Wanted: Meteorites from Mercury

During a recent science conference discussing Messenger's results from Mercury, investigator Shoshana Weider (Carnegie Institution of Washington) commented, "Short of landing on the surface, picking up a rock, and bringing it home, the instruments on Messenger that characterize chemistry are the best we're going to get."

Fresh crater on Mercury
A dramatic splash of rays surround Mena, a fresh crater on Mercury about 10 miles (15 km) across. Dynamicists believe that such high-velocity impacts should have blasted many pieces of the innermost planet into space, some of which should have reached Earth.
Well, Shoshana, you might still get to hold such a rock someday.

According to a 2008 analysis by Brett Gladman and Jaime Coffey (University of British Columbia), chunks of Mercury should be lying somewhere on Earth right now. The dynamicists conclude that 2% to 5% of the debris blasted by impacts off the surface of Mercury at or above escape velocity (2.6 miles per second) should reach Earth within 30 million years.

Their numbers suggest that Mercurian meteorites should be roughly one third as common as those from Mars, for which the count now stands at 60. Gladman conservatively suggests that at least a half dozen stones should be lying around somewhere on terra firma.

Meteorite collectors would value a Mercurian meteorite above all others, likely fetching $5,000 or more per gram, so they've been on the lookout for one. A few years ago, meteoriticists had speculated that the best existing match to Mercury were a rare handful of ancient, basalt-rich stones known as angrites.

But even before Messenger's arrival, ground-based astronomers had concluded that Mercurian surface rocks contained very little iron — strange indeed, given that the innermost planet has an iron core that takes up 80% of its diameter and more than half of its volume!

"At that time," comments geochemist David Blewett (Applied Physics Laboratory), "people were expecting Mercury to have a composition more like a lower-iron version of the lunar highlands. We now know that it's much different than that." After nearly a yearly scrutinizing the planet from orbit, Messenger has confirmed that iron is in short supply at the surface.

Mercury-meteorite wannabe
The Cumberland Falls stone, which fell in 1919, is one of only 62 recognized samples of aubrite meteorite. These contain very little iron and are similar — but aren't an exact match — to the composition of Mercury's surface.
Claire Houck / Wikipedia Commons
Instead, the compositional clues suggest that a Mercurian meteorite would be an igneous rock — or perhaps a fused breccia of different rock types — rich in magnesium and volatile elements (especially sulfur and potassium). This closely matches the composition of another rare meteorite group, the aubrites. Also known as enstatite achondrites, aubrites are igneous rocks dominated by the iron-free mineral enstatite (Mg2Si2O6).

But aubrites aren't from the innermost planet. For one thing, they're too reflective — anything coming from Mercury would be much darker, tinted by some yet-to-be-identified compound that's seen widely in Messenger's images. It might also smell faintly of sulfur, appear heavily shocked, exhibit significant exposure to cosmic rays, and might even be slightly magnetic. Such characteristics would certainly have come to the attention of hunters and collectors, and it's safe to say that none of the world's 40,000 well-documented meteorites are from Mercury.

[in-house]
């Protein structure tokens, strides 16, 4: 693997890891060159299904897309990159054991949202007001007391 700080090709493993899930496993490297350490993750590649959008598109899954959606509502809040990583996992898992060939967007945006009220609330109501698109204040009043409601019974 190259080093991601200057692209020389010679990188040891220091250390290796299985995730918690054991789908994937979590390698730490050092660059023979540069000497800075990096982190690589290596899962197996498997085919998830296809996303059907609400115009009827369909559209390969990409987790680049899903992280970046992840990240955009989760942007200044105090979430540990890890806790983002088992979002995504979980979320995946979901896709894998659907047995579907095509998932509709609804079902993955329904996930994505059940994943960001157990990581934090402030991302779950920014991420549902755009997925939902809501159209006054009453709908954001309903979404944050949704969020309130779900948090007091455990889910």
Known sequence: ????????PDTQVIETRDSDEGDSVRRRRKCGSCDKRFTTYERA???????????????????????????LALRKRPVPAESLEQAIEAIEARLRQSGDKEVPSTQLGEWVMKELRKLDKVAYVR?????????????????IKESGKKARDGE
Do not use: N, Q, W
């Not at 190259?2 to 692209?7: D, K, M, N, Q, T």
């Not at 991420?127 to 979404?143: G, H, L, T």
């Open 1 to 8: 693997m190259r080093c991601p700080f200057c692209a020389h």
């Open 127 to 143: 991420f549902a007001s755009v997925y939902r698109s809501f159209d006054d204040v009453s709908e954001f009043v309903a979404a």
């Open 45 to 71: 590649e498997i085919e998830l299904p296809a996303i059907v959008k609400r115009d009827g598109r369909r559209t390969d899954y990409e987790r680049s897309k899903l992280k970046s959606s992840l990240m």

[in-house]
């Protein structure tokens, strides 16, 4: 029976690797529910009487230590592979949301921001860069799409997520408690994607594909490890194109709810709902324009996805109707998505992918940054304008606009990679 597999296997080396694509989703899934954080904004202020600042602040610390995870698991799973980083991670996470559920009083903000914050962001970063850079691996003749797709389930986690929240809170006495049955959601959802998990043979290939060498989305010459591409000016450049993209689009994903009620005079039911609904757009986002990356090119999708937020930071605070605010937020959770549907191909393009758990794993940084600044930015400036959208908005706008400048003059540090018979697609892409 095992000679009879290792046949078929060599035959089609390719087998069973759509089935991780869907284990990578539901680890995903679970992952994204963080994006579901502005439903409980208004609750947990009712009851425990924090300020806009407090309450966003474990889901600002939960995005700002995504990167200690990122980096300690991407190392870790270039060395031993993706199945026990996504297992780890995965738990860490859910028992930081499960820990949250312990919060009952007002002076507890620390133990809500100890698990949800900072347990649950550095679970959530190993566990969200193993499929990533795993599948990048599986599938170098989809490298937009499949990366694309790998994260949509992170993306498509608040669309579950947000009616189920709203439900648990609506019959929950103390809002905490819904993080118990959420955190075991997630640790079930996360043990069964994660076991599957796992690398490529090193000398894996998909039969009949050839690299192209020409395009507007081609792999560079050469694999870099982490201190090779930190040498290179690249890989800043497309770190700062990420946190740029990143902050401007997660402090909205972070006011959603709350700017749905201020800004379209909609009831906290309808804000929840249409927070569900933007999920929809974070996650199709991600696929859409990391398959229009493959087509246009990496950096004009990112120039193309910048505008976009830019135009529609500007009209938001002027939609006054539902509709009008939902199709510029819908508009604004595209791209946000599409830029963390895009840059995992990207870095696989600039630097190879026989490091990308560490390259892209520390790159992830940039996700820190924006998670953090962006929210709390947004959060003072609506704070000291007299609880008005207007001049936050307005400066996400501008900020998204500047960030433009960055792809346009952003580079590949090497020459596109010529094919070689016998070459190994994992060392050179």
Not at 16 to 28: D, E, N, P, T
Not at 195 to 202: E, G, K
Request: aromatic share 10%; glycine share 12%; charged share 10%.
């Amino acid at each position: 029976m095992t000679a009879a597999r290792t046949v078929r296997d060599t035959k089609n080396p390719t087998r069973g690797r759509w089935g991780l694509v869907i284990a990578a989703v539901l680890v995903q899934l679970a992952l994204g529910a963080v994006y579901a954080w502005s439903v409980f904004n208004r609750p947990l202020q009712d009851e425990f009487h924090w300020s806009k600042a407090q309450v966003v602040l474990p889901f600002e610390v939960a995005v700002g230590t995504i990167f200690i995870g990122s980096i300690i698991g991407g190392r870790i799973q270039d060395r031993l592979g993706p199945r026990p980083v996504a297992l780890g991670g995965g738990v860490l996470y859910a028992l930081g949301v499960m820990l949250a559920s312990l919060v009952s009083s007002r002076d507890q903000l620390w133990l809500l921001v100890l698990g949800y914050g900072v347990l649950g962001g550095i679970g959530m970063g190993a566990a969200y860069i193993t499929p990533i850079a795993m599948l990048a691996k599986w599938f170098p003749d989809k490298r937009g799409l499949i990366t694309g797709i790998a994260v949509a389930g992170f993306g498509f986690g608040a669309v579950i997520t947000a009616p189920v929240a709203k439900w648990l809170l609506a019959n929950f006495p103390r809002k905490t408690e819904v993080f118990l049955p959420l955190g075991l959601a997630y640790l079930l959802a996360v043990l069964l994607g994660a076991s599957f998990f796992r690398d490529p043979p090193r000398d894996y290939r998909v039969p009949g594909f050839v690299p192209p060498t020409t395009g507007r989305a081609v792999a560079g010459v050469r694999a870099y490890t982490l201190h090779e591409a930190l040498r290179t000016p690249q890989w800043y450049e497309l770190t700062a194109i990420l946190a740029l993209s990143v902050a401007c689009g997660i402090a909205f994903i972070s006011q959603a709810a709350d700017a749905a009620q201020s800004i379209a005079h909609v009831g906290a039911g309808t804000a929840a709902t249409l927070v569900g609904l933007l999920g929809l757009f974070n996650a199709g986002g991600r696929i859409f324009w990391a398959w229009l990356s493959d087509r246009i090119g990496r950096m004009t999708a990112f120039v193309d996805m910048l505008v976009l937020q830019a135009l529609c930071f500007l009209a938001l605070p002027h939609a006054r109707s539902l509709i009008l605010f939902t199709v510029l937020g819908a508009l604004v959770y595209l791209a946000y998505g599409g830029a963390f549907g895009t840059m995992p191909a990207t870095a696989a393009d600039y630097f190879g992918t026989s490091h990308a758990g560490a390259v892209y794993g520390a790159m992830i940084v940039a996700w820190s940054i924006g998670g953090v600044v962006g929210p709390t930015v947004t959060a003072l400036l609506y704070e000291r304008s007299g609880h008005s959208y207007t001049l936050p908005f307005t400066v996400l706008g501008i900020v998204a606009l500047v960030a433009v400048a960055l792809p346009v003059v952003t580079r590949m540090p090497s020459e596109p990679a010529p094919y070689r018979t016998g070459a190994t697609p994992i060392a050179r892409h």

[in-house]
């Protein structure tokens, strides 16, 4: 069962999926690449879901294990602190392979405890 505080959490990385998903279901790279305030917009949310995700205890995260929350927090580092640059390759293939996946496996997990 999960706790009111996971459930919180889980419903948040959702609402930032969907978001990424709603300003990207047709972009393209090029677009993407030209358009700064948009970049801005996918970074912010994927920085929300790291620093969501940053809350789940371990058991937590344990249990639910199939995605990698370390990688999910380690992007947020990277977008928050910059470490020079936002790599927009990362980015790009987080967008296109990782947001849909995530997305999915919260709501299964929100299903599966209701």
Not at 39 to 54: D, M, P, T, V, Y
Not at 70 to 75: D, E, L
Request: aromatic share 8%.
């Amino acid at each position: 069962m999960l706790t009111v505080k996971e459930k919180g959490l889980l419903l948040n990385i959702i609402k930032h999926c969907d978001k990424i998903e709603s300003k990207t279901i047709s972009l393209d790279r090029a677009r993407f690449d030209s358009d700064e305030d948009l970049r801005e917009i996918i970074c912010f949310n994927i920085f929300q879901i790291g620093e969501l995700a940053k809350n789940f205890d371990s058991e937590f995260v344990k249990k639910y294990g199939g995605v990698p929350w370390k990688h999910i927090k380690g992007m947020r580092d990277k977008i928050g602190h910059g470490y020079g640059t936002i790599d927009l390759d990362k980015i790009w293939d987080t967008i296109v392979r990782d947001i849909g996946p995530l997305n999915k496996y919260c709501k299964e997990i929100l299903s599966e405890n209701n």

Moon and Mercury compared
On average, the surface of Mercury is about 15% darker at visible wavelengths than is the nearside of the Moon. (These images are not shown at the same scale.)
Yet dynamical probabilities argue otherwise, so why haven't such samples been found? Gladman and Coffey didn't address how chunks of rock might get blasted off the Mercurian surface, only that the high collision velocities of asteroids and comets should make it easy to do so.

Maybe the launch mechanics aren't understood well enough, suggests Jay Melosh, an impact specialist at Purdue University. "Perhaps at the very high speeds required for direct transfer, the fragments are simply too small," he says. "These ejecta have to be launched from the surface very close to the impact point — and perhaps our current models do not give very good results here." However, Messenger finds that big impacts on Mercury are accompanied by clusters of secondary pits, created by tossed-out debris, that are generally much larger — not smaller — than those around comparable lunar craters. "This fact is one of the current big puzzles about the Mercurian cratering record," Melosh concedes.

And so the search goes on for what will almost certainly be the most celebrated meteorite discovery since the finding of stones blasted from surfaces of the Moon and Mars a few decades ago.

12 thoughts on “Wanted: Meteorites from Mercury

  1. Michael C. Emmert

    Don’t meteor hunters generally test a candidate with a magnet to confirm that it’s a meteorite? If it’s a Mercurian meteorite they might have thown it away because of this. I would advise checking Antarctica, there are fields there where all rocks are meteorites.

  2. Karl